Newspaper Page Text
II. II. AD.IMS rllis!iT.
-At last, O Joy, sweet spring Is here.
Though keen and cold Is still the wind,
-And all the earth lies bleak and drear.
And Icy bocds the streams still bind.
The scent of buds and coming flowers
Is in the air, and fills my heart.
-And soon the woods and leafy bowers
Will in new life and beauty start.
Trom yonder hedge, first of his clan,
A bird begins his song to sing,
.As though he would do all he can
To welcome back the sweet new spring.
That spring Is here scarce need be told.
And soon the trees will all be green.
And nature, robed In green and gold.
Stand out In all her glorious sheen.
T"or from the sere leaves at my feet
A modest violet lifts Its head.
And with a fragrance passing sweet
It warns me heed well where I tread.
And here, too, at my feet, I see
A daffodil with golden bell.
A though about to ring with, glee
The gladsome news it comes to tell.
And earth, so long In slumber deep,
Stirs dreamily, as If to wake
From Its protracted, frozen sleep.
And from its icy bondage break.
And soon the newly wakened power
Will in each bush arwi tree be stirred.
And throb in every charming flower.
And In the song note of each bird.
So lessons sweet and full of grace
Life's darkest hours will surely bring:
Some flower of hope will show its face.
Some bird of promise sweetly sing.
-William G. Haeselbarth, In Christian
Jv AX EVIL MOMENT.
BY EMMA C. IIKYVITT.
The editor sat in his iranctum. a
heavy frown upon his brow, his blue
pencil in hand, rapidly scoring' here
and there with a muttered curse, first
for the stupidity or typos, anon for the
stuff sent i" by would-be contributors,
whose position and influence made con
cii.ation necessary. His annoyance was
increased by the irritating conscious
ness that a messenger boy was wailing
at his elbow, and had been so waiting1
in stolid silence for some time. Three
frhojt, sharp whistles at the tube di
rectly liehind him!
'See what's wanted!" commanded
the magnate, never liftm? his eyes and
giving a specialty heavy olue line to
ar. obnoxious word. But the command
met with no re.Son.se. The silent fig-
tire at his side never moved. "Why
lout you answer the tube, you idiot?"
he exclaimed, furiously, as the three
vhi.stics came again, short, sharp, im
j;atient. Then his pencil dropped from
liis lingers and rolled unheeded to the
tfior. Beside him, mute nud motion
less, stood one of Iiapliael's cherubs!
Xo wings had he, to be sure, and
more clothes, but one of Iiaphael's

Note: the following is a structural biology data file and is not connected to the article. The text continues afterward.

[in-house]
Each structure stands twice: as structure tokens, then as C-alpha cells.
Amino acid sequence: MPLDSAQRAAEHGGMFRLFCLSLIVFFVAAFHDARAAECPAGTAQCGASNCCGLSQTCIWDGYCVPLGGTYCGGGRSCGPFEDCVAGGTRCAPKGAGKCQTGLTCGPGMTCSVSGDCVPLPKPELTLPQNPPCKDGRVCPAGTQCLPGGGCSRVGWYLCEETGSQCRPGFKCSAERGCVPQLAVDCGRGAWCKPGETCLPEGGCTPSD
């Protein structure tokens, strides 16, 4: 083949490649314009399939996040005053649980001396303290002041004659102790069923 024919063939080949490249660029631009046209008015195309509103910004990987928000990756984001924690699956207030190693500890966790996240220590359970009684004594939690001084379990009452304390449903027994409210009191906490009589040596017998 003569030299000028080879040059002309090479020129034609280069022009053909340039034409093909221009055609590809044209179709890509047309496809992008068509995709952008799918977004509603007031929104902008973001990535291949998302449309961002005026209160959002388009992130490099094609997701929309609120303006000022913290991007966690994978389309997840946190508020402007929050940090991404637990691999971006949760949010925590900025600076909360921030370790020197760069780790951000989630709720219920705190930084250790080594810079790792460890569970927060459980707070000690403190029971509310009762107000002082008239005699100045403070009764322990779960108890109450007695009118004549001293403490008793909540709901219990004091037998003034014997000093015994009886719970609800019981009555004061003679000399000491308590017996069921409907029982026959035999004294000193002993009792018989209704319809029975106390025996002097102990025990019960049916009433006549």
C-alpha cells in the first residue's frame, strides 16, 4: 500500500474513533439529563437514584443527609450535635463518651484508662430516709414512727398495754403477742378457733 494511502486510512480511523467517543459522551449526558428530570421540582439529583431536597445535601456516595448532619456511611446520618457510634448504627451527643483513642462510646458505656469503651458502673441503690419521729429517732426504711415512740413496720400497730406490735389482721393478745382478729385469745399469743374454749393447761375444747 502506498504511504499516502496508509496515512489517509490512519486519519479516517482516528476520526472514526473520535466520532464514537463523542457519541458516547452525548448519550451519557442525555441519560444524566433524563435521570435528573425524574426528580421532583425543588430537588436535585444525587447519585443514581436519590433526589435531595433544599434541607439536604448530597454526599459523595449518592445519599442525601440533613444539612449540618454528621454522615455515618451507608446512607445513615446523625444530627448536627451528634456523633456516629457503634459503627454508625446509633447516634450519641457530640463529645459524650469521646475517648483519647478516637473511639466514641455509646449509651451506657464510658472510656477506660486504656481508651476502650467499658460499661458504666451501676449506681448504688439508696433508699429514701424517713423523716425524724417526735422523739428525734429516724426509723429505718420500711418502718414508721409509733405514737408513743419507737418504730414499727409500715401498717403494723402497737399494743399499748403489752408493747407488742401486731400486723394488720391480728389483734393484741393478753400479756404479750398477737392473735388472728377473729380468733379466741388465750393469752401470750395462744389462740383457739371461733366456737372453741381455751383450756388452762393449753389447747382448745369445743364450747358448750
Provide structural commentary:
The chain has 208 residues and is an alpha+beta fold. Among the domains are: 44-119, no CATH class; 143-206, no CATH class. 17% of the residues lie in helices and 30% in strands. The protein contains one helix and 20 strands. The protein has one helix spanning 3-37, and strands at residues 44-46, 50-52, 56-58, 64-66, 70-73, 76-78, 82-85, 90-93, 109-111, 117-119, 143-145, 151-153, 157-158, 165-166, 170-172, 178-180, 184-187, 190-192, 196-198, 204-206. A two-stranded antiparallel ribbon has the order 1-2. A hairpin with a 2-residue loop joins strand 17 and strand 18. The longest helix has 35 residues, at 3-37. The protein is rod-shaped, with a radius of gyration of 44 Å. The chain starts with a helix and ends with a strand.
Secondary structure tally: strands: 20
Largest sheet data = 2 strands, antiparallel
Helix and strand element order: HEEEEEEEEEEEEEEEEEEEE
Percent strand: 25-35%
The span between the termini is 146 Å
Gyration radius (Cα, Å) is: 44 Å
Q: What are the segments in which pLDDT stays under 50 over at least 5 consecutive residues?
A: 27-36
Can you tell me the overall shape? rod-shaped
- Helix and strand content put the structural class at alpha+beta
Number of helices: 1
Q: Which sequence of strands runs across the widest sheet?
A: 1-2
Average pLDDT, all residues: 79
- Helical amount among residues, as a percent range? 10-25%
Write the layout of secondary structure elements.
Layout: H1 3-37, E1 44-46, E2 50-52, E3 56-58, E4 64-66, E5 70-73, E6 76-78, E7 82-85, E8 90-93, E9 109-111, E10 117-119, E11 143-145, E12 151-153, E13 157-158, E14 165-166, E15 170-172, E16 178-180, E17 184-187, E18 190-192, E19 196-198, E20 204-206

clK-rubs all t he same. The same cherub's
face the same golden aureoie! The
baby-blue eyes looked into his with a
mixture of sadness and pleading which
moved the stern heart strangely.
Again the whistle sounded. Without
a word he answered it himself, creating
wonderment below, not to say conster
nation, by the announcement that he
was busy, adding with a vigor of lan
grage well known in those realms, that
tinyone who disturbed him within the
next 13 minutes might draw his salary
to ilate and get out! Winston "busy"
in; the presses wailing for him! Fif
teen minutes' valuable time lost! The
foreman passed the word along with a
hriig the typos swore, but it made
not a whit of difference. The autocrat
had sent forth his fiat, and if fire had
Iven discovered issuing from the sanc
tum, it is to be doubted that anyone
would have had the temerity to knock
en the door before the allotted time had
".Vow, how did you get up here, and
what do you want?" he demanded more
gcn'.ly of the little creature beside him.
'Don't you know that editors are very
busy men. and not to lie disturbed in
In accounting to himself afterwards
for his extraordinary attitude upon this
cetMsion, his only excuse for not pitch
ing the child out summarily was the
runcuibrance of a tiny grave upon a
Xew England hillside where slept a lit
tle brother of 30 years before.
"I came p myself. Xobody saw me."
nswered the child, in a plaintive voice
that had something unchildlikc in its
ri'ig. "Please, do you buy poetry?"
4i::d he brought from behind him a baby
like hand in which was closely clasped
a sheet of note paper.
If he had announced himself as a
dealer in diamonds, Winston could not
liave been more taken aback.
"Why? Are you a poet?" he asked,
a mixture of astonishment and amuse
ment on his countenance.
"Xo, but Sister Marie writes poetry,
and she's sick, and there's only two of
us, and she's sick, you know I told
you that and I thought maybe may
be I could get some money "
"Let me see what you have there,"
replied Winston, abruptly.
The idea of the sick girl lying at
Icir.e there, and this scrap of a child out
"trying to sell her poetry seemed to him
monstrous thing. Xo doubt it was the
worst kind of rubbish! It was folly to
en look at it. But the whole strange
ness of the situation had a sort of fas
cination for him. The child grew red
and. white by tarns as he gazed at the
countenance of the man who held his
fate in his hands.
"Boy, your sister is a genius! ex
claimed the great man, as he rapidly
scanned the lines.
"I don't know just what that is," an
swered the cbarob, modestly, "but I feel
aure it must be something very nice, or
you wouldn't look so so
Wnat a funny, old-fashioned little
body it was, to be sure.
"This shall go in at once," went on
the magnate, "and I will see what I can
do further. We don't pay much for
poetry ordinarily, but this id worth it.
Give your sister this from me and tell
her to come and see me on Saturday at
"Oh. thank you, sir." and the baby's
eves oroppei modestly as he tightly
clutched the piece of gold put into hi
palm. And then he heaved a deep-
drawn sigh of relief, joy what? and
turned and left the room. Only when
the child was entirely out of sight did
Winston realize that he had neglected
to obtain the name and address of the
new genius he had discovered. He
turned the poem to the light, but with
no success. L pon t he back of the doubl
sueet, however, was a sketchy head
drawn faintly in pencil. The lines were
bad and the drawing crude in every
way, but the sketch was evidently in
tended for the cherub who had just
visited him. In one corner was th
artist's name, "Marie Wendall." Jot
ting it down in his note book and pass
ing his hand over his forehead and eyes.
as though to erase all outside impres
sions, the great editor was no longer a
man; he was once more a machine